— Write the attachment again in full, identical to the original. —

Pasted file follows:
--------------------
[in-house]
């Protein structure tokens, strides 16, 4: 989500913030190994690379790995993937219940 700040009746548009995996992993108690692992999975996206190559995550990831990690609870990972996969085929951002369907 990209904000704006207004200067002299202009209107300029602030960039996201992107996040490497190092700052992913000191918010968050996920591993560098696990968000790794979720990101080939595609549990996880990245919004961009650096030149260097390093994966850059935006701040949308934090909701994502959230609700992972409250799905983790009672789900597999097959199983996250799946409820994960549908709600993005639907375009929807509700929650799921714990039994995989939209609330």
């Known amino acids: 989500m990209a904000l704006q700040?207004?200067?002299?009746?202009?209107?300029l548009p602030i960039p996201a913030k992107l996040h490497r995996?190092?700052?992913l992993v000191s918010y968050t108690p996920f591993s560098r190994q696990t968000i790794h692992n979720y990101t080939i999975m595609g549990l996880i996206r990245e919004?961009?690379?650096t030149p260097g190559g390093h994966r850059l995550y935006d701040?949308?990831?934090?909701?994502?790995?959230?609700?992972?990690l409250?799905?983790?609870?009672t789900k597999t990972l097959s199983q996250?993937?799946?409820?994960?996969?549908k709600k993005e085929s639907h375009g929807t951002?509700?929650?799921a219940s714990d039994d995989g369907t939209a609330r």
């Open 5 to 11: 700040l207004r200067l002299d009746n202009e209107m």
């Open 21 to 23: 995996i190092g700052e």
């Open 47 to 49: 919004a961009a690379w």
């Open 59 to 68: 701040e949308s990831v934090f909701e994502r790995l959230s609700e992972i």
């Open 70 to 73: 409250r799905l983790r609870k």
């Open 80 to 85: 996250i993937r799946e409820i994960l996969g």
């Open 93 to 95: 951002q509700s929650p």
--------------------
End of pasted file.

[in-house]
């Protein structure tokens, strides 16, 4: 989500913030190994690379790995993937219940 700040009746548009995996992993108690692992999975996206190559995550990831990690609870990972996969085929951002369907 990209904000704006207004200067002299202009209107300029602030960039996201992107996040490497190092700052992913000191918010968050996920591993560098696990968000790794979720990101080939595609549990996880990245919004961009650096030149260097390093994966850059935006701040949308934090909701994502959230609700992972409250799905983790009672789900597999097959199983996250799946409820994960549908709600993005639907375009929807509700929650799921714990039994995989939209609330």
């Known amino acids: 989500m990209a904000l704006q700040?207004?200067?002299?009746?202009?209107?300029l548009p602030i960039p996201a913030k992107l996040h490497r995996?190092?700052?992913l992993v000191s918010y968050t108690p996920f591993s560098r190994q696990t968000i790794h692992n979720y990101t080939i999975m595609g549990l996880i996206r990245e919004?961009?690379?650096t030149p260097g190559g390093h994966r850059l995550y935006d701040?949308?990831?934090?909701?994502?790995?959230?609700?992972?990690l409250?799905?983790?609870?009672t789900k597999t990972l097959s199983q996250?993937?799946?409820?994960?996969?549908k709600k993005e085929s639907h375009g929807t951002?509700?929650?799921a219940s714990d039994d995989g369907t939209a609330r």
């Open 5 to 11: 700040l207004r200067l002299d009746n202009e209107m």
């Open 21 to 23: 995996i190092g700052e």
């Open 47 to 49: 919004a961009a690379w």
């Open 59 to 68: 701040e949308s990831v934090f909701e994502r790995l959230s609700e992972i």
């Open 70 to 73: 409250r799905l983790r609870k």
């Open 80 to 85: 996250i993937r799946e409820i994960l996969g």
């Open 93 to 95: 951002q509700s929650p």